With the exception of terminally ill patients in palliative care, the HSE issues all emergency cards on the basis that the patient is eligible for a medical card on the basis of means or undue hardship, and that the applicant will follow up with a full application within a number of weeks of receiving the emergency card. As a result, emergency medical cards are issued to a named individual, with a limited eligibility period of six months and the HSE reserves the right to review eligibility at any point in time to confirm that a person continues to meet the qualifying criteria required to continue holding eligibility.

Narcolepsy Issues

Questions (611)

Bernard Durkan

Question:

611. Deputy Bernard J. Durkan asked the Minister for Health the total number of identified sufferers of narcolepsy; the extent to which supportive arrangements are in place or remain to be put in place in respect of such persons; and if he will make a statement on the matter. [15434/14]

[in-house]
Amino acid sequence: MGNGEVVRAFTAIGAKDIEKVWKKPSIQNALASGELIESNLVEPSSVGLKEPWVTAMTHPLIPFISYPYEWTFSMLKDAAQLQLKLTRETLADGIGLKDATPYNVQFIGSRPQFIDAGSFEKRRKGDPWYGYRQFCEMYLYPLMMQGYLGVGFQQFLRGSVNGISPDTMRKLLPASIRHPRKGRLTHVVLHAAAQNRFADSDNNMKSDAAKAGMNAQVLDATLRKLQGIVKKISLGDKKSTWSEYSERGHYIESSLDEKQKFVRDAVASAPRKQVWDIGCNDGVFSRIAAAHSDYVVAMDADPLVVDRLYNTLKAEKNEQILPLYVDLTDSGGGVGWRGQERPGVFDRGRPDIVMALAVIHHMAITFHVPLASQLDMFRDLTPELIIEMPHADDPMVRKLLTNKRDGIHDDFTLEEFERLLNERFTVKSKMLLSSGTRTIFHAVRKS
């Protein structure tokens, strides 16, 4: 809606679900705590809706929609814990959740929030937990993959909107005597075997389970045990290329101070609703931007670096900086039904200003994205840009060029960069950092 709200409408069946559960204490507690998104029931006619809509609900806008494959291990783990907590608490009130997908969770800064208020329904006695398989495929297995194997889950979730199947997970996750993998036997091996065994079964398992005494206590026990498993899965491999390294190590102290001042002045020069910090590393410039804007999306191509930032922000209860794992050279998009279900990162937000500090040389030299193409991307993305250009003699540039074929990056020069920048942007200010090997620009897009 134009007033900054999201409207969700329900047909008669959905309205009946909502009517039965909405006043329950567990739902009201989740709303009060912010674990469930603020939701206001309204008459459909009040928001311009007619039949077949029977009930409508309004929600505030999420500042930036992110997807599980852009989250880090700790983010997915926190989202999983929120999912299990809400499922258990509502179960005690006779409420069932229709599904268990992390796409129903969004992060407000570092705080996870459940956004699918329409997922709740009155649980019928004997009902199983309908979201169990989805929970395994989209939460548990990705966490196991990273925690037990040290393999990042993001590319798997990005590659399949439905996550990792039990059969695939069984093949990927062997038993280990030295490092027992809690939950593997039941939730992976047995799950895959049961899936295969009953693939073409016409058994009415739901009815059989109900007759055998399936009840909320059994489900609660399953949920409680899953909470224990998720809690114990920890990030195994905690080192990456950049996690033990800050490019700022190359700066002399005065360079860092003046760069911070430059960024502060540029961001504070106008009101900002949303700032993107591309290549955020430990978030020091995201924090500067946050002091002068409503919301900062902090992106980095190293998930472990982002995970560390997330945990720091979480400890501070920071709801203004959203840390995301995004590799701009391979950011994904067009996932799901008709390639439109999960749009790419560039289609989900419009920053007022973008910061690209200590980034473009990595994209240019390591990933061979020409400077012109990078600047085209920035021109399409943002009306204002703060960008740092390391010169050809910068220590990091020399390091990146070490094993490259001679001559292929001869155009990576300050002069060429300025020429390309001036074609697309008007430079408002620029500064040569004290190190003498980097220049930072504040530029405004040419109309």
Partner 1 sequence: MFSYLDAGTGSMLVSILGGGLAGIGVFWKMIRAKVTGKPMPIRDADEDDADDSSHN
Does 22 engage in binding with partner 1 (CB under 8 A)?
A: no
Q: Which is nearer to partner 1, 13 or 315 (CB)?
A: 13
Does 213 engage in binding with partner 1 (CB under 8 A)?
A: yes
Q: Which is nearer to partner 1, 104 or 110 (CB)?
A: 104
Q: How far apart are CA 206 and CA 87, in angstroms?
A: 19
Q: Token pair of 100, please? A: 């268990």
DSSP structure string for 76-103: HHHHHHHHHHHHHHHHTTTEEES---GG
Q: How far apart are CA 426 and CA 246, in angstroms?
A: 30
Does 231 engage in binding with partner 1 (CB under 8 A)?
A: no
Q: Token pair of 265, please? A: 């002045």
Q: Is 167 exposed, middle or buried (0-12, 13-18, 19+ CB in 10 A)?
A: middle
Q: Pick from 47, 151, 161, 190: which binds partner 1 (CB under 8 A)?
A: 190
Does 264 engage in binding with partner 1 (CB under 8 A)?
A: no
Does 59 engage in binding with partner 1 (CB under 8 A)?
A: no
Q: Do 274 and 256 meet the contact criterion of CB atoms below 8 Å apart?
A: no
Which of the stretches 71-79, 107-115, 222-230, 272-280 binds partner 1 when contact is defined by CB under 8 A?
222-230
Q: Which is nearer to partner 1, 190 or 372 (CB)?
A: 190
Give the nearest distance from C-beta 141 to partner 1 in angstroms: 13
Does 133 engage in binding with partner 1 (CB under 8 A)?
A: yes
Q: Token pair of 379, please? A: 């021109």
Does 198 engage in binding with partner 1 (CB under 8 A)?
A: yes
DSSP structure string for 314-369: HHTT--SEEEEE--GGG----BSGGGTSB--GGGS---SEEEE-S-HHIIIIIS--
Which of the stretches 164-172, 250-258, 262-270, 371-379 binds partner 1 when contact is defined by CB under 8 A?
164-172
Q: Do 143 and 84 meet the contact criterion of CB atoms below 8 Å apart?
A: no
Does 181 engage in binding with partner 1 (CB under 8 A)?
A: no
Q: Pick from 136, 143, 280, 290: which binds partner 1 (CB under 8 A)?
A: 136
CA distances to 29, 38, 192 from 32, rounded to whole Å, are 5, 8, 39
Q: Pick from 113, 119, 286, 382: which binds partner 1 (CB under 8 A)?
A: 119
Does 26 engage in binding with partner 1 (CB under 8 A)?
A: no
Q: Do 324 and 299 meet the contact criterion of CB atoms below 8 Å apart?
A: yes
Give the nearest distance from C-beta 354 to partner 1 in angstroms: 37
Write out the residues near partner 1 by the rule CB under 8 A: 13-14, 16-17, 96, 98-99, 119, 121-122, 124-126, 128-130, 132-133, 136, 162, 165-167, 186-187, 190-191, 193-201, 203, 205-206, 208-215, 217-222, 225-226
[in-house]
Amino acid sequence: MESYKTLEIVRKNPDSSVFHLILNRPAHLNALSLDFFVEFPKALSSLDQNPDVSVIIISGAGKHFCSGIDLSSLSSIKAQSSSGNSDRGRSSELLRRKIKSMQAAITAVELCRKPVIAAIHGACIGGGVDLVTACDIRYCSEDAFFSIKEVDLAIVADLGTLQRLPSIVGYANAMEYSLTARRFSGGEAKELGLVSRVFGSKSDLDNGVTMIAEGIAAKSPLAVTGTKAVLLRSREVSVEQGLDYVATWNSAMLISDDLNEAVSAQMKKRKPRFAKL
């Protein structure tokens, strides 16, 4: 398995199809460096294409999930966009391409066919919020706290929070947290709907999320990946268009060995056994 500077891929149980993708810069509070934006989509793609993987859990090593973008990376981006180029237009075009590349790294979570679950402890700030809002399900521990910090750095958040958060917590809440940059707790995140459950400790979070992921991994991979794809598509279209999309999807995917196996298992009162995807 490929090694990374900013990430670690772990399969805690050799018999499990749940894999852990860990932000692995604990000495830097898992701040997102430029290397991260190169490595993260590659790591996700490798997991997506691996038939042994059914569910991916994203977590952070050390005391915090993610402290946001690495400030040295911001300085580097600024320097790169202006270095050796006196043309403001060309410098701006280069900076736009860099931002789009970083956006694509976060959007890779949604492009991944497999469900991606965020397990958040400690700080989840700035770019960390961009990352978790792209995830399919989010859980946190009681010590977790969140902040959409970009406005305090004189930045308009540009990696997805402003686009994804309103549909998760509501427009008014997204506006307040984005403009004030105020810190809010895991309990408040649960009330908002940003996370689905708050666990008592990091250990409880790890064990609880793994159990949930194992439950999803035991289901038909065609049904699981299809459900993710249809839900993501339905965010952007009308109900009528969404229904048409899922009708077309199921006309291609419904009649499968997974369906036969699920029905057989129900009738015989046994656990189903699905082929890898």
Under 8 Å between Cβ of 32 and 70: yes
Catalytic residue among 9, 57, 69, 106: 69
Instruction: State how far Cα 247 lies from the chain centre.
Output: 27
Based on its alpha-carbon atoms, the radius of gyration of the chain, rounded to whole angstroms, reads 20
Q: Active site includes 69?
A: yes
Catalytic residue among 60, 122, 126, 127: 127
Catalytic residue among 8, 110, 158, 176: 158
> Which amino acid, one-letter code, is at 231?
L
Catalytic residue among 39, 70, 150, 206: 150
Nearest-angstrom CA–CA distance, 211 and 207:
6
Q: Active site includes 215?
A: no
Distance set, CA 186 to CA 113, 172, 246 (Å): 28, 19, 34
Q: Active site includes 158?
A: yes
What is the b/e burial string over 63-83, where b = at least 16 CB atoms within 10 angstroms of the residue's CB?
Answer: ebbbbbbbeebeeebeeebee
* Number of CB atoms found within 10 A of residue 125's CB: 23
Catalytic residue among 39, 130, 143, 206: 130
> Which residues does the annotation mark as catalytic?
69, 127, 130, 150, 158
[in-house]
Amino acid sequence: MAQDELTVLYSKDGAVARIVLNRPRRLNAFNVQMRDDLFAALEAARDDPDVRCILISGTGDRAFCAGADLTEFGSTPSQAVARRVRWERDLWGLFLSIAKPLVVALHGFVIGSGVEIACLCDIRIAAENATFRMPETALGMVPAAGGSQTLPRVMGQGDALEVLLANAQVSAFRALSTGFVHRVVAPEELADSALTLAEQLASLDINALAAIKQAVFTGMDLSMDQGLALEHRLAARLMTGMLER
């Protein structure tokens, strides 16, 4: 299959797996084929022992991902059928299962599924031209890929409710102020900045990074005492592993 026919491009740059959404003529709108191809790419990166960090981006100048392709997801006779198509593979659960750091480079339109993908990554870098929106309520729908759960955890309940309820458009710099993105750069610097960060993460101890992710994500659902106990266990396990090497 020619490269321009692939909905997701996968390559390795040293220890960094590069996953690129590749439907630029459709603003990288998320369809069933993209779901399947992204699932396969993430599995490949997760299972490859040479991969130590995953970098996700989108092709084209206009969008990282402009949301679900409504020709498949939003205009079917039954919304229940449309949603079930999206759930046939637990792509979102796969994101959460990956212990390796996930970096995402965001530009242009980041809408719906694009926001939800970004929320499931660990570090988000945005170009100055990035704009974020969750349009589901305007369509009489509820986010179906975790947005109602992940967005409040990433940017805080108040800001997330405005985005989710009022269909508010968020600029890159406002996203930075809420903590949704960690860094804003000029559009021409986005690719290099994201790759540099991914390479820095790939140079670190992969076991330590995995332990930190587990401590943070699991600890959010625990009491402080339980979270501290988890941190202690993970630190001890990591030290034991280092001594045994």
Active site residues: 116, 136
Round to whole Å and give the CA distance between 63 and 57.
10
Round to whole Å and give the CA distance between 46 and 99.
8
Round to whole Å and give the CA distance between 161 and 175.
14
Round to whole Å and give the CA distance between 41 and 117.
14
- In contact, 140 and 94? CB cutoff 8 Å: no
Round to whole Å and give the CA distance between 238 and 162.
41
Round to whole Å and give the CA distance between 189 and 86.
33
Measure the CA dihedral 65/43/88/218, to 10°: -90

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Written answers (Question to Health)

The Irish Medicines Board (IMB) has received 62 cases with clinical information confirming a diagnosis of narcolepsy in relation to individuals following pandemic influenza vaccination.

As the second part of the Deputy's question relates to a service matter it has been referred to the HSE for a direct reply.

Hospital Waiting Lists

Questions (612)

Bernard Durkan

Question:

612. Deputy Bernard J. Durkan asked the Minister for Health the extent to which hospital waiting lists have been reduced; and if he will make a statement on the matter. [15435/14]

View answer

Written answers (Question to Health)

As this is a service matter, I have asked the HSE to respond directly to the Deputy.

EU Directives

Question No. 614 answered with Question No. 553.

Questions (613)

Seán Kyne

Question:

613. Deputy Seán Kyne asked the Minister for Health the progress in ensuring compliance with the EU working time directive; and if he will make a statement on the matter. [15436/14]

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Written answers (Question to Health)